Everybody who has spent time in a different country knows that expat life is not quite like anything else in the world. The confusion of the first few days and weeks, the slow, but steady process of acclimation, the little peculiarities and quirks that might strike you about your new surroundings: almost any situation you encounter can make for a great story. If you are so inclined and want to blog about it, of course!
Our InterNations recommended blog section features talented expat bloggers from around the world. Their offerings to the blogosphere have been selected for their great entries and high quality, whether they may be funny, informative, interesting, deeply personal or a combination of all of the above.
Let’s hear from our featured bloggers in Switzerland:
We were prepared materially, in the sense that we knew what to bring and not to bring. We were prepared emotionally and mentally; we expected the frustration would hit us, being in a foreign land where English is not widely used verbally and in print and we knew we had to learn French even if our minds are not as absorbing as our kids. We were prepared physically; we expected the transfer to be tiring because we won’t have household help here. What we weren’t prepared for was the time we have learn simple stuff, like finding the right grocery store that fit our budget, how to use the pay washing machine, how to clean the ceramic stove top (in the Philippines, gas and electric plate ranges are widely used), and others.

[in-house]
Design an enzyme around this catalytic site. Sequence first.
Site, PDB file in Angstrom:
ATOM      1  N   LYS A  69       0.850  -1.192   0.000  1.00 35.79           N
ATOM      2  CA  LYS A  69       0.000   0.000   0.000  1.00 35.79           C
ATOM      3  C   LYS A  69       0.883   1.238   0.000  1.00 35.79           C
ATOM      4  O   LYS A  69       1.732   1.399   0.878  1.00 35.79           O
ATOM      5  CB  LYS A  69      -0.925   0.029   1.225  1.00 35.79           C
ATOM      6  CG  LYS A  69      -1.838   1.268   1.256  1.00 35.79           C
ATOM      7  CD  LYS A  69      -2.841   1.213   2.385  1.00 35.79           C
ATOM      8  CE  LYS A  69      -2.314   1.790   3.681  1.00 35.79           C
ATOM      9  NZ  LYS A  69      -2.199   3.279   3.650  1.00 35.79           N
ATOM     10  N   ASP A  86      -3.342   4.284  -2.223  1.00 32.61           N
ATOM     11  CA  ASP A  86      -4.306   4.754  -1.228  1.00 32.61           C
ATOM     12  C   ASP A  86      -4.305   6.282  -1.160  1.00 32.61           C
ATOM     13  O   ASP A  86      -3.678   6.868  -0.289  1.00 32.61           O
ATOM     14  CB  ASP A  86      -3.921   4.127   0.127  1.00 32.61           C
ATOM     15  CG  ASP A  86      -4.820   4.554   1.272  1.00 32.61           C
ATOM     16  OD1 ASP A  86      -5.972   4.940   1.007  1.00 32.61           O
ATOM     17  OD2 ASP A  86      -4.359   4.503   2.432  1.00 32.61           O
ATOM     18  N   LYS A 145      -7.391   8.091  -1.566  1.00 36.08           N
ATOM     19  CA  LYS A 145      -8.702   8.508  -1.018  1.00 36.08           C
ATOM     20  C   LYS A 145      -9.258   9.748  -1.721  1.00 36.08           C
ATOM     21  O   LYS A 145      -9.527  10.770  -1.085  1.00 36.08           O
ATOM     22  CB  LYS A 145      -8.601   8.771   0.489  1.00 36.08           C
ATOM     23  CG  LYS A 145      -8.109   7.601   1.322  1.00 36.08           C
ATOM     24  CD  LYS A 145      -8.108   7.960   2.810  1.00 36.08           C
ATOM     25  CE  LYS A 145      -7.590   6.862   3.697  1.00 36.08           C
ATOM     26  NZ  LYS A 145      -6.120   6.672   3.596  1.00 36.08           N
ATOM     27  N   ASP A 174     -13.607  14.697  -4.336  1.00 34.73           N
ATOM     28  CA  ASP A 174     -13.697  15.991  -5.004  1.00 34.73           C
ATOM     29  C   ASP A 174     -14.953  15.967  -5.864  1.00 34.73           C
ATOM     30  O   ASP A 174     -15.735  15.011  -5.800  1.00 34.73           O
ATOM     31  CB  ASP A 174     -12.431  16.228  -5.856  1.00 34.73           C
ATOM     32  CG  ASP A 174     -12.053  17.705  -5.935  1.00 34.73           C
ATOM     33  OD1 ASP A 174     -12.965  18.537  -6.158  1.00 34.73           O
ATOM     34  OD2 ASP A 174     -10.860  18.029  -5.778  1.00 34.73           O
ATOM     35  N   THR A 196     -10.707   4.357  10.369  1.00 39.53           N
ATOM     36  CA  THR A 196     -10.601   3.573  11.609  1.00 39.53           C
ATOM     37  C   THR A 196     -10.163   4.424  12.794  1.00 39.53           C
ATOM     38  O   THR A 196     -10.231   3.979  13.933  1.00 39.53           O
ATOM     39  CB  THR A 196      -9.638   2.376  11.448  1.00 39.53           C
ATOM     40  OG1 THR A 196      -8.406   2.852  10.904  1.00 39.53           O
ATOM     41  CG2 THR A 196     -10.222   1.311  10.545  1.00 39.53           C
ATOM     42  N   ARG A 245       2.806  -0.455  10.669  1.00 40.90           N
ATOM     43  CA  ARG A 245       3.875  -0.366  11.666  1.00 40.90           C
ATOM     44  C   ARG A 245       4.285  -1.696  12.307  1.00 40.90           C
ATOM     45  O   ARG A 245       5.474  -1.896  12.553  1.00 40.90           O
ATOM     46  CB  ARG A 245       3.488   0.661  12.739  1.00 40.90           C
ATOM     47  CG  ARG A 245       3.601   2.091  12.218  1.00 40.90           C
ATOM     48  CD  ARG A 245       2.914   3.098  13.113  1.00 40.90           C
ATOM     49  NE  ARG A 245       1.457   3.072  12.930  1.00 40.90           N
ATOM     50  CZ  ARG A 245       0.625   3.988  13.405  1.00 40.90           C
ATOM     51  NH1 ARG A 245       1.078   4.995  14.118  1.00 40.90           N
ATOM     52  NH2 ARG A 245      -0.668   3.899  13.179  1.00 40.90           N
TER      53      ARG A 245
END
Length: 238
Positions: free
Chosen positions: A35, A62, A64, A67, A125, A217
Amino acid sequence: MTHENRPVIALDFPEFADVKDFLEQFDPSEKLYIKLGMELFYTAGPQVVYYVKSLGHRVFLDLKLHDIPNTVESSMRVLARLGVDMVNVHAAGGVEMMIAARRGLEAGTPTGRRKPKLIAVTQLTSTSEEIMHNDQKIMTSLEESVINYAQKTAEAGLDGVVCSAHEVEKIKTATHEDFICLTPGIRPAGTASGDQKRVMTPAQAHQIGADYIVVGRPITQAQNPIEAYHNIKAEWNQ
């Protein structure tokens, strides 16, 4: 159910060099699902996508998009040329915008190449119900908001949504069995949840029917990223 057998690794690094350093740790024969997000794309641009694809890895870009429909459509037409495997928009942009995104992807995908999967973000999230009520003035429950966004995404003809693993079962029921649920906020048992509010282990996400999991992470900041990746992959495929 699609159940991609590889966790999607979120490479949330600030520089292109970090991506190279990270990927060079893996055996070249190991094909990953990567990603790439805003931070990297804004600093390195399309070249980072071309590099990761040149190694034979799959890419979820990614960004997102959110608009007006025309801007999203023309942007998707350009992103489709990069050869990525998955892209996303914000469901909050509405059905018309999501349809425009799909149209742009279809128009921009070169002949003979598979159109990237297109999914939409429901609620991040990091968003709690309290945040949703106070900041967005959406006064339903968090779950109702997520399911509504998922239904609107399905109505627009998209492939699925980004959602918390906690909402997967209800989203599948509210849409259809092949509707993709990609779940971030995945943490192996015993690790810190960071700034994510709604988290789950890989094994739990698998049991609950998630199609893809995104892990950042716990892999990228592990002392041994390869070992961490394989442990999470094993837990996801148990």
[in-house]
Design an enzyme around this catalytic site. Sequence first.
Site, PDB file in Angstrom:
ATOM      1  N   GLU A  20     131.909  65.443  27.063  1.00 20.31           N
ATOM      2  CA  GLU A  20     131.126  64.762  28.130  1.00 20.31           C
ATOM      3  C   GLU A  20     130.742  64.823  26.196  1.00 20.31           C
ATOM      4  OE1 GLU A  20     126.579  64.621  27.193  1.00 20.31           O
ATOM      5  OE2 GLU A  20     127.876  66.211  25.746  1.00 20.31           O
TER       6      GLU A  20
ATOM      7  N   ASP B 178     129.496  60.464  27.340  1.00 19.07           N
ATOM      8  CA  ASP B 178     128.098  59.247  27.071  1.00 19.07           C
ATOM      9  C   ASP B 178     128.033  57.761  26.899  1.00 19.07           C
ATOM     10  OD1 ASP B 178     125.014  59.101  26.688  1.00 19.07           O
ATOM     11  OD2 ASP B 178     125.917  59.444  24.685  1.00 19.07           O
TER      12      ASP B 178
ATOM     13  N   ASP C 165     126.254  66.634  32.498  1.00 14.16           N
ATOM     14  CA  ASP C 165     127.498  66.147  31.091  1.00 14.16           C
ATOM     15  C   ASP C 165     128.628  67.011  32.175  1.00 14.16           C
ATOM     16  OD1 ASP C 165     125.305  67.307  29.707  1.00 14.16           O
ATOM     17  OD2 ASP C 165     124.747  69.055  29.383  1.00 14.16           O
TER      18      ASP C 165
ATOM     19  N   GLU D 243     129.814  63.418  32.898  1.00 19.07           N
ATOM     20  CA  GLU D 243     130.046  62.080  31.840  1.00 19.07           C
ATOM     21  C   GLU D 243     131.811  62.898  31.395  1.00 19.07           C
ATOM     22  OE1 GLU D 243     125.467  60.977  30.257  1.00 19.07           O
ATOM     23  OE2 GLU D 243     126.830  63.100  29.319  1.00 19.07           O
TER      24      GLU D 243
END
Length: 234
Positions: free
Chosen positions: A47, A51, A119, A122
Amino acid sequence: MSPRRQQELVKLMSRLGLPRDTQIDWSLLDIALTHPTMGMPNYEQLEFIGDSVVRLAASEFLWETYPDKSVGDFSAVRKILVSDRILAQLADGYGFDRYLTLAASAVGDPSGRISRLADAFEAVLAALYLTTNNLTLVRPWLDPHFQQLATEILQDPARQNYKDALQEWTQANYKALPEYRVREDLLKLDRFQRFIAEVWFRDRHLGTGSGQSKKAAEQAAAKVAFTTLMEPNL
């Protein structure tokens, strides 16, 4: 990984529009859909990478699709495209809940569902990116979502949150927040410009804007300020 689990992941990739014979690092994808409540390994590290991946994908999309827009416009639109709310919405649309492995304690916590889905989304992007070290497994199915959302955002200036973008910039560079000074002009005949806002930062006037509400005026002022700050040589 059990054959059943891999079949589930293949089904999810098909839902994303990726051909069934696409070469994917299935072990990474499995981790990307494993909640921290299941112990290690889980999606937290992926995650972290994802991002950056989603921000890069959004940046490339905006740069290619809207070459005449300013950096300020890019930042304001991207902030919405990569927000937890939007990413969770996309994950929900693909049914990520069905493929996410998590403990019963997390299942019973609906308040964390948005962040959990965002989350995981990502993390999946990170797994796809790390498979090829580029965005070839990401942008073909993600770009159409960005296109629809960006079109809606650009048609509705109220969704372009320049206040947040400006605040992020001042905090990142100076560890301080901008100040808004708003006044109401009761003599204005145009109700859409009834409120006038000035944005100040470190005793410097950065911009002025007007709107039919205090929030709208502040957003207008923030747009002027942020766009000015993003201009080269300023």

My life in London was busy, I worked and socialized a lot. Here I am a ‘hausfrau’ and am surprisingly thoroughly enjoying it! I also travel a lot when my husband goes on business trips so I get my ‘city fix’ then. My life completely changed with every move we made, so I guess to some degree I experienced culture shock many times.
I feel that it is not so different from Scotland, obviously it is more expensive and getting to know Swiss people well can take time. I have never felt homesick and love living here.
The biggest difference for me is I don’t work. I’m a nurse and to work here I have to first pass the German B2 language exam before I can even apply for my nursing license. Mein Deutsch ist nicht gut. So here I’m a Hausfrau, and have had absolutely no trouble adjusting to my new role. I think I actually love not working a little too much, and will experience reverse culture shock when we move back to NYC and I’ll have to rejoin the working force.
At first I did have a bit of a culture shock as I realized there was a rule for almost everything – but you soon realize that it all helps things run so smoothly over here. Shopping only 6 days a weeks instead of 7 also took some getting used to – especially when my local Swiss shops here used to close at 4pm on a Saturday – though they are now open to 6pm so that is a big difference.
Switzerland is located in the very middle of Europe, and has a warmer climate compared to Sweden. I love the proximity to the Alps and Europe’s big cities. I definitely experienced a culture shock at the international school, but it was a positive experience broadening one’s horizons. The hardest to overcome was first to learn English and then French.